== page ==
We often describe films or books as “formulaic”, but has anyone truly deduced the formula? Via Brain Pickings, William Wallace Cook wrote a novel per week and in 1928 created Plotto, a coded system of mechanized storytelling. Is the endless bounty of Law & Order Plotto’s modern incarnation?
You are about write a story. How shall it begin? Perhaps there is a single conflict that needs to be resolved. Will my story have a happy ending or a sad ending? Perhaps the conflict has one of several distinct oppositions: man vs nature, man vs. technology, man vs. god or man vs. self.
In 1894, French critic Georges Polti recognized thirty-six possible plots, which included conflicts such as Supplication, Pursuit, Self-sacrifice, Adultery, Revolt, the Enigma, Abduction, and Disaster. In 1928, dime novelist William Wallace Cook, author of Plotto: The Master Book of All Plots, did him one better, cataloging every narrative he could think of through a method that bordered on madness. His final plot count? 1,462.
While still a young director in England, Alfred Hitchcock requested the book from America, and the creator of the courtroom drama Perry Mason claimed he had learned a great deal from it. In 1931, screenwriter Wycliffe Hill declared that he had invented a “Plot Robot,” which turned out to be nothing more than cardboard wheel of options that would help you choose a plot in the same way you might choose a color for your living room.
Plotto was far more complex, and despite its careful categorization, still exceedingly hard to understand. It’s a narrative Dewey Decimal System of sorts, where each character-type is given a letter: the man is A, the woman is B, their relatives, such as a father or mother, would be F-A or M-B, and anything mysterious, be it a stranger or a strange object, is given the designation X, that ultimate letter of mystery. Conflicts have their own groupings, such as Love and Courtship, Married Life, Mystery, Misfortune, Idealism, Personal Limitations, Revelation, Helpfulness, Craftiness Stimulation, Mistaken Judgement, and Deliverance.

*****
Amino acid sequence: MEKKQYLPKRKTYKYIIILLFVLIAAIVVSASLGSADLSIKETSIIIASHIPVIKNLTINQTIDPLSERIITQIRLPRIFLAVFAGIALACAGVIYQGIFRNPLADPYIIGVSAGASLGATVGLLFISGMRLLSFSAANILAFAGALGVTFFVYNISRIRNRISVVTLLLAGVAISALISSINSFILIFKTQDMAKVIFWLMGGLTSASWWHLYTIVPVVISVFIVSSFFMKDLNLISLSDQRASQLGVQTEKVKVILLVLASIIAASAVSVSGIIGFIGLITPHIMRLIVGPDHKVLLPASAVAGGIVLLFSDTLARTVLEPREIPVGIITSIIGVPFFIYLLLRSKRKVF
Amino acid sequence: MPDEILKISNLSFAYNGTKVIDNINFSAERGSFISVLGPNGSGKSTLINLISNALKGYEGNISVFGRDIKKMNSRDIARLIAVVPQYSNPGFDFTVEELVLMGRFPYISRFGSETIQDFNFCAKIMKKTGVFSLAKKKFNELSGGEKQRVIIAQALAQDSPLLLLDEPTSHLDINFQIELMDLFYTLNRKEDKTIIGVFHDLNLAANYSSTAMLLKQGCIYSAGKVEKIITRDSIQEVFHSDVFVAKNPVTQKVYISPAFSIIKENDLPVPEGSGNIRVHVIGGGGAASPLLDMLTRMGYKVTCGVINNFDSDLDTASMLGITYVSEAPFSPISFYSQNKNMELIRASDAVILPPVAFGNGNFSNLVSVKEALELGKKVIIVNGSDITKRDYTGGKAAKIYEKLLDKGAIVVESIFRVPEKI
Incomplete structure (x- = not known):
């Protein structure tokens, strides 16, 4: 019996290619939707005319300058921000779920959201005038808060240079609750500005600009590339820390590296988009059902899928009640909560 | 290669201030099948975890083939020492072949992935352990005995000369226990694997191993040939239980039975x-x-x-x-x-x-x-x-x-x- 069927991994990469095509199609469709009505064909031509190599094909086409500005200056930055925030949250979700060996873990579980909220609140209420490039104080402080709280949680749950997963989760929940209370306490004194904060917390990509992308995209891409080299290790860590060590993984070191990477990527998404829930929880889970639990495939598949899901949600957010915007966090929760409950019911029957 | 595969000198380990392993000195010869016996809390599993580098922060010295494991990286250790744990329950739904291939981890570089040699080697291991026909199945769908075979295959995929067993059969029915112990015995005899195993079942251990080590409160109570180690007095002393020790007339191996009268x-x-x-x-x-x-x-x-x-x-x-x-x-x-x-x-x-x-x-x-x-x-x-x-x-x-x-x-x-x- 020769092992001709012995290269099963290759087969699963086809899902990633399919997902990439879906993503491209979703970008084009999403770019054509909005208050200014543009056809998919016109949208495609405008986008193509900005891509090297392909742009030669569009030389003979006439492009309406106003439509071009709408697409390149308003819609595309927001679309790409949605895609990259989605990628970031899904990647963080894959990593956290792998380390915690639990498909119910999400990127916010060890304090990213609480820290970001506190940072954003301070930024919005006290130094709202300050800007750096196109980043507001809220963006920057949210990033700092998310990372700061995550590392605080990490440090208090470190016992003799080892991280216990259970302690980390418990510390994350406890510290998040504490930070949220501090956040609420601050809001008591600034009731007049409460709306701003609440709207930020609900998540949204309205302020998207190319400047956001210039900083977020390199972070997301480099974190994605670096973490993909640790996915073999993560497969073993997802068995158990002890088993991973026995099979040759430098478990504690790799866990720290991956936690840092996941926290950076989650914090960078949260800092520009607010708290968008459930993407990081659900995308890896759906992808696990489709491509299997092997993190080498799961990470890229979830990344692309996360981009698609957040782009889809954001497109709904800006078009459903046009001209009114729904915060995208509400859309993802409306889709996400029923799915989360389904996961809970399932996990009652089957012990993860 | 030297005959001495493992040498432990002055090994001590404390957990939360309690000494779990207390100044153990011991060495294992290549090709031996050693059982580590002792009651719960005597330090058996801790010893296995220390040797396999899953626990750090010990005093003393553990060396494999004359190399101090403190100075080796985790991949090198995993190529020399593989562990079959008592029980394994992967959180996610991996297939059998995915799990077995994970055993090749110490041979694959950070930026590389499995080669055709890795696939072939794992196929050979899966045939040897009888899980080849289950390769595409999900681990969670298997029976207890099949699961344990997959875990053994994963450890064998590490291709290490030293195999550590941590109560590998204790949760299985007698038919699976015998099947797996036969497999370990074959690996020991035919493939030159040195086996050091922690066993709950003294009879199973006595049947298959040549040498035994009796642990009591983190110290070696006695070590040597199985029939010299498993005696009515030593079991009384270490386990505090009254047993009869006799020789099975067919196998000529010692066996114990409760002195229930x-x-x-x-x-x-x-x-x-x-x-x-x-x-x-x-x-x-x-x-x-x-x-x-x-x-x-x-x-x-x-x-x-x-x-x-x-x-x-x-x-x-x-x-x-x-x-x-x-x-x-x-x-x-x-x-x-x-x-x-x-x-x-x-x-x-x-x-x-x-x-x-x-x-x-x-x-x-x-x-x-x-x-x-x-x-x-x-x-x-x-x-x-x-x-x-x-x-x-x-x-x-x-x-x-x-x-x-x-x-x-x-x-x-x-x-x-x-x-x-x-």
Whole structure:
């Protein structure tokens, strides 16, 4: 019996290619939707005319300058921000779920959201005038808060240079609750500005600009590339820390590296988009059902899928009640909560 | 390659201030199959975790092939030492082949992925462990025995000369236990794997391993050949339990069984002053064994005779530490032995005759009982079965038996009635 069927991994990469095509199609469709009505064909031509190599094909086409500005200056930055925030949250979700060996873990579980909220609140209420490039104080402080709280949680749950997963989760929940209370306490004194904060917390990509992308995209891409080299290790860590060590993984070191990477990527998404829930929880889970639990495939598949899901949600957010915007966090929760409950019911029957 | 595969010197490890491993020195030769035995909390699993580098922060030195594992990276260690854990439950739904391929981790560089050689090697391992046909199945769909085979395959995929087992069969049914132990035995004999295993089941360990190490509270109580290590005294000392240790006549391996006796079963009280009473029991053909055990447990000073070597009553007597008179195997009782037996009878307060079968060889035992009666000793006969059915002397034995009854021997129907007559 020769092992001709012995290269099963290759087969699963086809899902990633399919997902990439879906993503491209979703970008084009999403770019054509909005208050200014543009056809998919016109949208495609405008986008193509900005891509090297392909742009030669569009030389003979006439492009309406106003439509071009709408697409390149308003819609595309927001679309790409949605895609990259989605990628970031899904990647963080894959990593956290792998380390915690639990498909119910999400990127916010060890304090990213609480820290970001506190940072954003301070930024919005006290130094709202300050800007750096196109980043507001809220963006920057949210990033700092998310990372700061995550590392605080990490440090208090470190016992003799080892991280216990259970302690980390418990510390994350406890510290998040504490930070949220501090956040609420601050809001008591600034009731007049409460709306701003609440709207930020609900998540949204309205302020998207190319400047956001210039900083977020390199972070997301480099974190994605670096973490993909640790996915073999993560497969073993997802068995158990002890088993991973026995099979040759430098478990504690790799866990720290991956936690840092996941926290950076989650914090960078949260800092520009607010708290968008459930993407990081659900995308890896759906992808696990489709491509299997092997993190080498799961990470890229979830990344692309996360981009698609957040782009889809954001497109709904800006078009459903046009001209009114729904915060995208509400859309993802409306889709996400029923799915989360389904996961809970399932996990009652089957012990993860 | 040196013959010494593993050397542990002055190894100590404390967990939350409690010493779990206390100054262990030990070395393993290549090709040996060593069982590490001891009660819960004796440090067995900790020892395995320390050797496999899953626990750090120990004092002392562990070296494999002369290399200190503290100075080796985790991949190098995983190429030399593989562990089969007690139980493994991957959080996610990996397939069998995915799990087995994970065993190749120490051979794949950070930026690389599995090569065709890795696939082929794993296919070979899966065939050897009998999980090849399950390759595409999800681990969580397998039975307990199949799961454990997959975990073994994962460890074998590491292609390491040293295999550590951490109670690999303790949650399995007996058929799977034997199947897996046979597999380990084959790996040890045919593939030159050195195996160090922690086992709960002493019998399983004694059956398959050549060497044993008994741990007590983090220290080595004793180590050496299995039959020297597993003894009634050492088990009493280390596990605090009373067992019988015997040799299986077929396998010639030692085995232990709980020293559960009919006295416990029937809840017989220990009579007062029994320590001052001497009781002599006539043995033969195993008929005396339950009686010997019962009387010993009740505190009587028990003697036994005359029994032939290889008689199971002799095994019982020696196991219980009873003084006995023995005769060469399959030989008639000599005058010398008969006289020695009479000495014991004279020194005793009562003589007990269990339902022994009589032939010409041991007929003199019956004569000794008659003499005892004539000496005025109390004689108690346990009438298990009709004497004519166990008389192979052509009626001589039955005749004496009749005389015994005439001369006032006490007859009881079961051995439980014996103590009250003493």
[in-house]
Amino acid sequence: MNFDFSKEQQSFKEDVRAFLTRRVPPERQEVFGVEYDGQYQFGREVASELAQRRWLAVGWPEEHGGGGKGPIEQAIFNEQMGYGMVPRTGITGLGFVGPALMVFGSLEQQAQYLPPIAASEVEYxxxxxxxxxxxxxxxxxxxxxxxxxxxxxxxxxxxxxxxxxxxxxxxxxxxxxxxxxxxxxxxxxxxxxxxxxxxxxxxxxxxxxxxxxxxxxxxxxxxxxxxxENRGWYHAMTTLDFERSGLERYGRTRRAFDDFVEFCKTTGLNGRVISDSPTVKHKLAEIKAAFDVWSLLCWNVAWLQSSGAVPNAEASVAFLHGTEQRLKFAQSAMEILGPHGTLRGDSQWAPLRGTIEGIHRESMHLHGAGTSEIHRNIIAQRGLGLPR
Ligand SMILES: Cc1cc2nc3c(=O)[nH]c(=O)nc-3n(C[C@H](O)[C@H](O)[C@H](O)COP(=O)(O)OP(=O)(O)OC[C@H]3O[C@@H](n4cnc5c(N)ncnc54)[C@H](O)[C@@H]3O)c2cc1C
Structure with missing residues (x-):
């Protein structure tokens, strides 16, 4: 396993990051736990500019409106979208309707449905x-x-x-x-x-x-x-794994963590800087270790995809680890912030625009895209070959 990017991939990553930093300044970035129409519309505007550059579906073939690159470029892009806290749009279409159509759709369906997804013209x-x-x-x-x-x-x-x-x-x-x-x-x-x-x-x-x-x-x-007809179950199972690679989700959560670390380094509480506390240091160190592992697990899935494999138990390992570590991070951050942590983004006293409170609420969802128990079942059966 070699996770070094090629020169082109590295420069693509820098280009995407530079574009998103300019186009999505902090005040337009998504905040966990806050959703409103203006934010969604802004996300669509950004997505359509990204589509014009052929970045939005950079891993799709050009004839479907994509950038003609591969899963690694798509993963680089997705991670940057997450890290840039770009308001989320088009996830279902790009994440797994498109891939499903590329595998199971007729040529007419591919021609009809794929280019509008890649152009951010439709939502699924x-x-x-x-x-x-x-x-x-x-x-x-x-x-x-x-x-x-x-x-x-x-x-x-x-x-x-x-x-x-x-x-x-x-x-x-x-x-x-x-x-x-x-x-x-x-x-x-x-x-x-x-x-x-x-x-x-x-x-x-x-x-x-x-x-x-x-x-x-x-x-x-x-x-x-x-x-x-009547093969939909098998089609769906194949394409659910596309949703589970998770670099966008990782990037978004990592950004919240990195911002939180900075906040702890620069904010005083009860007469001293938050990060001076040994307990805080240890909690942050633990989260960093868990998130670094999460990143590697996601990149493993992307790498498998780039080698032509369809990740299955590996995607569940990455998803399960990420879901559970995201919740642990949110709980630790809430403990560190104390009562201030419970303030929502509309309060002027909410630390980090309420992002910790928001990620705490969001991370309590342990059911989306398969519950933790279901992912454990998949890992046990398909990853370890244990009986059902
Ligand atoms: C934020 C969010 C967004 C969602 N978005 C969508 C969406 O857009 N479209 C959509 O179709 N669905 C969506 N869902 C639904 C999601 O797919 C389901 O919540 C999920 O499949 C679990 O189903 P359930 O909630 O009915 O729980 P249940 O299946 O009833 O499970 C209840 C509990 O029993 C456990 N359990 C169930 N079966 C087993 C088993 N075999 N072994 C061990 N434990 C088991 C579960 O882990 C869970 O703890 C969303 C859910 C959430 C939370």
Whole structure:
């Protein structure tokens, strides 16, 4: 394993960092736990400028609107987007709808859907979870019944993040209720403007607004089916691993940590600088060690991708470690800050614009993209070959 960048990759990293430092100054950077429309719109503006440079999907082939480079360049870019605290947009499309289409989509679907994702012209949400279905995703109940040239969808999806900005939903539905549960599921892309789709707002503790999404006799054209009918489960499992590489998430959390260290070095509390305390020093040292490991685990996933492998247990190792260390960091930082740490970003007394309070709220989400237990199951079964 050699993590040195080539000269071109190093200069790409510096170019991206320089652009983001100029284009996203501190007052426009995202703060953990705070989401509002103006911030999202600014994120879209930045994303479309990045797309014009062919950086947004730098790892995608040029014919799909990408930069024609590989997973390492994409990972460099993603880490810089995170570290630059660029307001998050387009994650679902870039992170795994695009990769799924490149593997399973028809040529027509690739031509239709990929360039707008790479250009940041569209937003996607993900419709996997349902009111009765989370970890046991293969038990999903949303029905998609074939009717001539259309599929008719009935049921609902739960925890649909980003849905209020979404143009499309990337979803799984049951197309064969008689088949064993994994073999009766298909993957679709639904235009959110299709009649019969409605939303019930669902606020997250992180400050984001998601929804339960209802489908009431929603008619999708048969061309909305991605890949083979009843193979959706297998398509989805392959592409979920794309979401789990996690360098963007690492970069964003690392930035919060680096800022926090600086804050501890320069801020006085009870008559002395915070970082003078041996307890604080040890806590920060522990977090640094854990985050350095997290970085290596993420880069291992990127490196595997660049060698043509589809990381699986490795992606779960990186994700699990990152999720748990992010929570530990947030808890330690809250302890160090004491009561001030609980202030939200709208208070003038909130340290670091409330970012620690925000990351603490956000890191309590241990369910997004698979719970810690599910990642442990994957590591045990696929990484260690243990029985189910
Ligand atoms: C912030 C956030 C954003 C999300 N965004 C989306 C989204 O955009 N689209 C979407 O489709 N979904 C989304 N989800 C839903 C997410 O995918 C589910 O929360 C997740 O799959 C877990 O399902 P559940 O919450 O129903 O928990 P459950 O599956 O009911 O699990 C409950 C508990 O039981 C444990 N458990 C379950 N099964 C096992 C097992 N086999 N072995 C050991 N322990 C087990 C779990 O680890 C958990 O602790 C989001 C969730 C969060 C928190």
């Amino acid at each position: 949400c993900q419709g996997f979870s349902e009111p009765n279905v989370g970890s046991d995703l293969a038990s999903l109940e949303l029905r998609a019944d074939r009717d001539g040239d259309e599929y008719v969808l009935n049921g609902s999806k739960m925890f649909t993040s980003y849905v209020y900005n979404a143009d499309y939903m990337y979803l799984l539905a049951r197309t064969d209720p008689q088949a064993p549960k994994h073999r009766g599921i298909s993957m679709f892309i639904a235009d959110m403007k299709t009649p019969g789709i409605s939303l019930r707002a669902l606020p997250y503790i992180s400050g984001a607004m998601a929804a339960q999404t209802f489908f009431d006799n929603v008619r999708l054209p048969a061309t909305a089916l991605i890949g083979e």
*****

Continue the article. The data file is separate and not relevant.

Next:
Each narrative in Plotto begins with “Masterplots” which are made up of several beginning, middle, and end clauses (e.g. “A person in love > Falling in love when certain obligations forbid love > Pays a grim penalty in an unfortunate undertaking.”) These permutations, which can number in the hundreds, are subdivided once again according to character and conflict into specific situations, the more than 1,462 individual plots that make up the bulk of Plotto.
In a record twenty years on television, Law & Order served up 465 somewhat distinct plots. Had the writers used Plotto, they could have provided the police procedural with at least sixty years of dramatic tension.
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